Not really. My work is all over the place, in the sense that you can see what is my latest obsession at the time. Lately, it’s tapestry and florals, but I want to progress to something with a more Malaysian flavour.

What advice would you give young aspiring artists?

I’d recommend finding a passion, interest or even side gig that isn’t art-related, or as removed from your art specialisation as possible. For example, sports, knitting, cooking, reading, etc. Having something separate, especially if you don’t monetise it, helps in establishing balance and perspective in your life, as doing only one thing for the rest of your time can affect you mentally and emotionally.

ASEXUALITY

Where on the spectrum do you identify?

Probably closer to demi, but if asexuality was a black-white spectrum, I’m a dark grey.

Have you encountered any kind of ace prejudice or ignorance in your field?  If so, how do you handle it?

Personally I haven’t had any issue. I rarely ever talk about asexuality or sexuality. I only speak about myself as ‘queer’, which is true due to being non-binary, and my biromantic interests (disclaimer: more complex than this).

BUT there has been some feeling in the field that asexuality, along with bi/pansexuality, and other so-called smaller identities, have been looked down upon as identities that don’t experience the same kind of trauma or oppression as the more prominent identities. This logic (which needs to be unpacked for its problematic implications) skews the community’s ability to be a safe space.

How I handle that is to just to do good work. Hopefully, by being myself and making work I believe in that also happens to include aces, it normalises asexuality as an identity that can just exist.

What’s the most common misconception about asexuality that you’ve encountered?

There’s just a general misunderstanding of what asexuality is, and how it is a nuanced and complicated experience that differs even between aces. It doesn’t help that there are parts of the ace community that adopt puritan, conservative language to control other people’s expression of queerness. Having such a voice be the dominant one narrows other’s view of what asexuality can be.

What advice would you give to any asexual individuals out there who might be struggling with their orientation?

There’s no one-size-fits-all solution, but it helps to think of your asexuality (however it expresses itself) as part of the large, varied, diverse, individualised experiences of being human. The bigger your conception of what being a person is, the easier it is to accept your unique brand of asexuality, alongside others’, as a normal, human thing. And you don’t have to be asexual, or strictly a particular kind of asexual, forever either – things can change, morph, shift, be more complicated – but you’re still a valued human with talents to contribute to society.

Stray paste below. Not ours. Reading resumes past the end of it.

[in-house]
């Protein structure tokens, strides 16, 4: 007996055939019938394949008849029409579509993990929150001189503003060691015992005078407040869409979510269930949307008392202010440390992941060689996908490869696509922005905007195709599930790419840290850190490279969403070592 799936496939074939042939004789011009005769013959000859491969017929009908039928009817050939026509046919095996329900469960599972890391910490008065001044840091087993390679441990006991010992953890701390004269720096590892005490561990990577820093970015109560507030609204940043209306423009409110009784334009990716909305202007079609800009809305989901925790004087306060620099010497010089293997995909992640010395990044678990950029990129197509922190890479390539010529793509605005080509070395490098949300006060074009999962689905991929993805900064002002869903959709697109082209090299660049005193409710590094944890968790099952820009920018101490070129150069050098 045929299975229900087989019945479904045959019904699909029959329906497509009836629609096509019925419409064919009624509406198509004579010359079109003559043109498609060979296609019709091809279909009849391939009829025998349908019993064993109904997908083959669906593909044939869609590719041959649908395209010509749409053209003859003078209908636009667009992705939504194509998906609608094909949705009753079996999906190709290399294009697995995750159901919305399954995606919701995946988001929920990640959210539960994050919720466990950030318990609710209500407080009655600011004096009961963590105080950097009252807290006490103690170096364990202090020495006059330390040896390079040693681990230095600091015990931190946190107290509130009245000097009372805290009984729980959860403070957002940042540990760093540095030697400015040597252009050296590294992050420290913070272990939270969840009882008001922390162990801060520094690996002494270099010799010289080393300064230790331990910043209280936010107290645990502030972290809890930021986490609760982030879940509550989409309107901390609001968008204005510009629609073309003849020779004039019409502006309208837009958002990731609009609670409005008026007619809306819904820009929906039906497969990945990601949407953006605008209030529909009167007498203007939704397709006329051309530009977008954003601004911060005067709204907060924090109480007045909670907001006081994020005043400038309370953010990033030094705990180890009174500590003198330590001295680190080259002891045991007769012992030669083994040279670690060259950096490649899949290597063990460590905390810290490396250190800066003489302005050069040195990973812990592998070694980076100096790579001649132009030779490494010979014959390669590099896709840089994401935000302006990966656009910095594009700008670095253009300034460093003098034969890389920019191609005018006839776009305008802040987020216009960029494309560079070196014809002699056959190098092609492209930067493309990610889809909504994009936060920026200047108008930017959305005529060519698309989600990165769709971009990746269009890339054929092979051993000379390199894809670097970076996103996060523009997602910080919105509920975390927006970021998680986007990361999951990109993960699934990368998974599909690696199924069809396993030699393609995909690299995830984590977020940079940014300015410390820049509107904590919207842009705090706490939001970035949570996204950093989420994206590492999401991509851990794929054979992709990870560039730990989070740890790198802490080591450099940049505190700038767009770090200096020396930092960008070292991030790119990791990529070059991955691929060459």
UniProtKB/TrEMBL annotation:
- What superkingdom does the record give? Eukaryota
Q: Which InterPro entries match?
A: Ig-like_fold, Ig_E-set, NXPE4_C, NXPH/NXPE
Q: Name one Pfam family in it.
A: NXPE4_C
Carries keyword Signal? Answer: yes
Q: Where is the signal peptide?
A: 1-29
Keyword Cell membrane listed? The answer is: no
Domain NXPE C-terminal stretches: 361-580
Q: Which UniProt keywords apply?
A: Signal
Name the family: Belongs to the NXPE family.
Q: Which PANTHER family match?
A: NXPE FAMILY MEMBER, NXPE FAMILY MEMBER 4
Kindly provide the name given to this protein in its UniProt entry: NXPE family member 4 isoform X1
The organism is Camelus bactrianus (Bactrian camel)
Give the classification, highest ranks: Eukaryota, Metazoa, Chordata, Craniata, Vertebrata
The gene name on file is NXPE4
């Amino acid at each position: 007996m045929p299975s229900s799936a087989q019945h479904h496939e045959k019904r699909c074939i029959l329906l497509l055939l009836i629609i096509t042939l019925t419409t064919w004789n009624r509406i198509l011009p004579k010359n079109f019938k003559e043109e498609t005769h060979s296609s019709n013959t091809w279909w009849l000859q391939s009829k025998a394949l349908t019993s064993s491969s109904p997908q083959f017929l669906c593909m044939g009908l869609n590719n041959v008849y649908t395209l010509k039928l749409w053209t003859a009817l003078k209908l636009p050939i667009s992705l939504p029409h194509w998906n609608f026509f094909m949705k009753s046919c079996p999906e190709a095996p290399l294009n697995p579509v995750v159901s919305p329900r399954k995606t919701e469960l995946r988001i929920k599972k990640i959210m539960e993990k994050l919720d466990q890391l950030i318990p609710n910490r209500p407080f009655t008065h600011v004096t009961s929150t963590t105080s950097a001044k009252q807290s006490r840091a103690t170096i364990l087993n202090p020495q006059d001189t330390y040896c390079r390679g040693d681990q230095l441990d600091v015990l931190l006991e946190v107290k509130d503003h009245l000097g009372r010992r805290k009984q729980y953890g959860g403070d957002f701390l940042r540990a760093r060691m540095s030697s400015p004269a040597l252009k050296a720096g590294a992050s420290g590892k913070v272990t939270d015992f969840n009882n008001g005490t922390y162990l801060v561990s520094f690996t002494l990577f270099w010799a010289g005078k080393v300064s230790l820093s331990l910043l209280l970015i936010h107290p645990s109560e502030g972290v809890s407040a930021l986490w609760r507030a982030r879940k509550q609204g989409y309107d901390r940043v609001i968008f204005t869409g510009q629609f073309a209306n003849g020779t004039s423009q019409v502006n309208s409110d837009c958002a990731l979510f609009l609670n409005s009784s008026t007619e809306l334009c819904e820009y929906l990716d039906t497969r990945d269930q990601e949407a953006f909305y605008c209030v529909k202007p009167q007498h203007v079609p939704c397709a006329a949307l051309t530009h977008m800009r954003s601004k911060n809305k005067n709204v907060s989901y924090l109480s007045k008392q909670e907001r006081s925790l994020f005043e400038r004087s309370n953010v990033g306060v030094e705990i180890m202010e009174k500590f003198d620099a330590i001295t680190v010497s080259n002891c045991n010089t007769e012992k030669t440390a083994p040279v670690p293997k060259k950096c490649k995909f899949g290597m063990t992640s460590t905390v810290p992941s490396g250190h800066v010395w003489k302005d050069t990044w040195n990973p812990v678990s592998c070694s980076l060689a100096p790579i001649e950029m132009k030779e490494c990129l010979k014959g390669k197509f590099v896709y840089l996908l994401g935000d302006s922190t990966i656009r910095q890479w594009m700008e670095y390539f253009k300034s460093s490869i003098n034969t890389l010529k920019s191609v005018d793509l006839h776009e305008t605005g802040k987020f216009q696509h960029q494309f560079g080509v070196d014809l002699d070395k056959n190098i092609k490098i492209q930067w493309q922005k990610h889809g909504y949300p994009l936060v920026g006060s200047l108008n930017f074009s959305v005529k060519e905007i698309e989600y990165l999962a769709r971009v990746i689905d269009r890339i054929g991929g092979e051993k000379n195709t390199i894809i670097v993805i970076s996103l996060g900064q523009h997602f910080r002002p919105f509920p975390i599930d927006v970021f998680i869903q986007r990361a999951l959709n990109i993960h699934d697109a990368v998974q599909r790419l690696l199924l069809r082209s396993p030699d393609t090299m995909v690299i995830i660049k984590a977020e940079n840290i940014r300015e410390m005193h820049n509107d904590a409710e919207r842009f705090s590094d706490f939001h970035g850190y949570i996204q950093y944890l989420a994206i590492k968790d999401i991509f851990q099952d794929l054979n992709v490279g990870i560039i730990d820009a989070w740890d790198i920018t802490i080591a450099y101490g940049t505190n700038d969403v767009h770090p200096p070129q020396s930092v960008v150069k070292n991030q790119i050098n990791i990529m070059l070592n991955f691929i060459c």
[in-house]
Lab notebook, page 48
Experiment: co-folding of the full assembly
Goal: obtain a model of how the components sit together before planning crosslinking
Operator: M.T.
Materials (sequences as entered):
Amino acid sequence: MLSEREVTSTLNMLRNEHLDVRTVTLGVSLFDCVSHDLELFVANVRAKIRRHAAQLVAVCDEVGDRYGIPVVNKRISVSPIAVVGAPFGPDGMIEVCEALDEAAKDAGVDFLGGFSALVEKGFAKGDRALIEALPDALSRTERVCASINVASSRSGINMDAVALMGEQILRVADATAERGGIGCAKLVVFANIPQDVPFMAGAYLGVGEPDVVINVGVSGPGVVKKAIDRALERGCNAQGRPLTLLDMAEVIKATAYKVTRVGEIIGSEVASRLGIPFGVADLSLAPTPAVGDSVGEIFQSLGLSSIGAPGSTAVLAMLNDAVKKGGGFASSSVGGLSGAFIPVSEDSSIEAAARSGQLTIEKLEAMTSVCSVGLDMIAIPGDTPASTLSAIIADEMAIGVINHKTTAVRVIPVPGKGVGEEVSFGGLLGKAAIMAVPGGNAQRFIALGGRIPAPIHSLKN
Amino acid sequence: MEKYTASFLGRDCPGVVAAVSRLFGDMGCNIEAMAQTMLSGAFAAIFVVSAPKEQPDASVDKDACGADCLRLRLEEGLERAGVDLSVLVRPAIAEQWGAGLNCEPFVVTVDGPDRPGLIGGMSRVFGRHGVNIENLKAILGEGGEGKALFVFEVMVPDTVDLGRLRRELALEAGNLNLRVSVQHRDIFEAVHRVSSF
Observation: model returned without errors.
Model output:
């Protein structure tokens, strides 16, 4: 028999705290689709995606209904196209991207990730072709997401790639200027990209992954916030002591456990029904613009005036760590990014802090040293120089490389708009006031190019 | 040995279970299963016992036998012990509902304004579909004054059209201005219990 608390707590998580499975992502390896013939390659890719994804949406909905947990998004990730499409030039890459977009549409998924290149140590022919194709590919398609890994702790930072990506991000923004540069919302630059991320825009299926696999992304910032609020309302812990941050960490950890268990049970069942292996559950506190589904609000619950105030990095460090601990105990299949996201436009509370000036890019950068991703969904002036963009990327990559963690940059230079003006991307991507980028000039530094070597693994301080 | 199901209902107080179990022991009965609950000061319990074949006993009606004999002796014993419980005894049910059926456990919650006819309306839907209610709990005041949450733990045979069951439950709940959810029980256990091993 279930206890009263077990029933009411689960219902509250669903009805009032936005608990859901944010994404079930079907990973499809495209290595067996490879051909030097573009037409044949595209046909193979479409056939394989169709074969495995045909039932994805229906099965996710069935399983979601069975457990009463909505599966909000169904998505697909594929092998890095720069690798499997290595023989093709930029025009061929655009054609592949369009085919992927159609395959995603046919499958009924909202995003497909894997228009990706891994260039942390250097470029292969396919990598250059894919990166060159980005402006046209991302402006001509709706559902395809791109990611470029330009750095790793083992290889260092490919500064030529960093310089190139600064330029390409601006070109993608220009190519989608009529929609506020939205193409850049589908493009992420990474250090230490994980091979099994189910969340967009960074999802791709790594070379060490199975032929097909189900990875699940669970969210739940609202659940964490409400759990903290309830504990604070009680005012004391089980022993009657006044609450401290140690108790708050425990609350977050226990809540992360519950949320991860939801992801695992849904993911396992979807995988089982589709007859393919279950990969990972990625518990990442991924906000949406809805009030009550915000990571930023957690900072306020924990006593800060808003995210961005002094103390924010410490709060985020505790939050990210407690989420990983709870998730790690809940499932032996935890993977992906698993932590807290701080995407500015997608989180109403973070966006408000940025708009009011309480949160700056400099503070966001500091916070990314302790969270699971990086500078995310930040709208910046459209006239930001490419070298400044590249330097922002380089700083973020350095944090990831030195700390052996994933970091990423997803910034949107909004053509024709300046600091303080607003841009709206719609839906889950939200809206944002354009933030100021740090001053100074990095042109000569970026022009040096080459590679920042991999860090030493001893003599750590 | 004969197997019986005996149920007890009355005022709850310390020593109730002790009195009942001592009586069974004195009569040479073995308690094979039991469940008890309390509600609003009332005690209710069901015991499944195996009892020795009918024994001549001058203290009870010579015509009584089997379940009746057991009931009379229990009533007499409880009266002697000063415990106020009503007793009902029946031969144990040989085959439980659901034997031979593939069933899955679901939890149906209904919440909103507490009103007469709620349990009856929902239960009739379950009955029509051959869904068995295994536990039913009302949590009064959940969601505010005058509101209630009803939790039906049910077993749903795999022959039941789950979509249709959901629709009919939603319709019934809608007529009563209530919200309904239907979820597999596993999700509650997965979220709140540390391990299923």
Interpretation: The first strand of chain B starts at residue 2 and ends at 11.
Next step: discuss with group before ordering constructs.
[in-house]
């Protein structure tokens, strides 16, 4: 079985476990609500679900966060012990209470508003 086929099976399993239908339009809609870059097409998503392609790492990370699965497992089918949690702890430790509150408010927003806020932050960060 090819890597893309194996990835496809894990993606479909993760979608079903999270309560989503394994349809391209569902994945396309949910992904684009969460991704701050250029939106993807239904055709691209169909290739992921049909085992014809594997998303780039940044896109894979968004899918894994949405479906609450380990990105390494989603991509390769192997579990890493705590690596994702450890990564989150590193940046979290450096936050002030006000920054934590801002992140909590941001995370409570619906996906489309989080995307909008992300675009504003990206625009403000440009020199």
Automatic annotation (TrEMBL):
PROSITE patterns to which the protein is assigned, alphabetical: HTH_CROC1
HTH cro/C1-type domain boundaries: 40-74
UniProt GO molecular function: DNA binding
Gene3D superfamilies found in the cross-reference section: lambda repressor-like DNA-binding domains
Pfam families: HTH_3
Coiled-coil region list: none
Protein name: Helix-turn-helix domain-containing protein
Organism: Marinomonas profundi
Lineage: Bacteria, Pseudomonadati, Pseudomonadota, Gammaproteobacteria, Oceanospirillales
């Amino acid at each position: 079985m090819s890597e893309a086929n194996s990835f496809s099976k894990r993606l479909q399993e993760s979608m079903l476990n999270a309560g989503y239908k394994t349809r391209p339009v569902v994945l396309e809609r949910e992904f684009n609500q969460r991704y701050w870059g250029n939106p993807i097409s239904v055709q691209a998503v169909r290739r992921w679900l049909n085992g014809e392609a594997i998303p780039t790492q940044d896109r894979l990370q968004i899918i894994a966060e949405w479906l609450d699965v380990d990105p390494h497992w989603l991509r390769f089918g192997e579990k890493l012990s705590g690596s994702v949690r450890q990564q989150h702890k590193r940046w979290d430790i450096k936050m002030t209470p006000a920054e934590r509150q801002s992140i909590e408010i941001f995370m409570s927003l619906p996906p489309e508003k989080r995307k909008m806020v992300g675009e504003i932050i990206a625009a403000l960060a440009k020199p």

Finally, where can people find out more about your work?

My website is reimenayee.com

I post a lot of my art, and talk aplenty on Twitter (at reimenayee)

A more curated experience is blog.reimenayee.com

You can read my webcomics at alcottgrimsley.com

At the moment, The Carpet Merchant has a crowdfunder to publish a hardcover copy of Vol I. If you want to buy a book, head on here: https://unbound.com/books/the-carpet-merchant-voli

Thank you, Reimena, for participating in this interview and this project. It’s very much appreciated.

Interview: Anne Hawley

Today we’re joined by Anne Hawley. Anne is a phenomenal novelist and editor who writes queer-themed historical fiction. She has a novel entitled Restraint, which features an ace secondary character. Anne is currently working on a new historical novel that features an ace protagonist, which is exciting (we need more historical fiction featuring aces). It’s clear she’s a talented and passionate writer who loves what she does, as you’ll soon read. My thanks to her for taking the time to participate in this interview.

WORK

Please, tell us about
your art.

I write novels featuring queer characters in historical
settings, exploring issues of identity and acceptance. I’m also a Story Grid
Certified fiction editor, helping other writers shape their novels and
screenplays.

What inspires you?

People’s individual search for wholeness and
self-acceptance. The search for meaning. My stories revolve around people on
spiritual journeys, and my editing work is focused on helping writers find and
tell the story that’s in their heart to tell.

What got you
interested in your field?  Have you
always wanted to be an artist?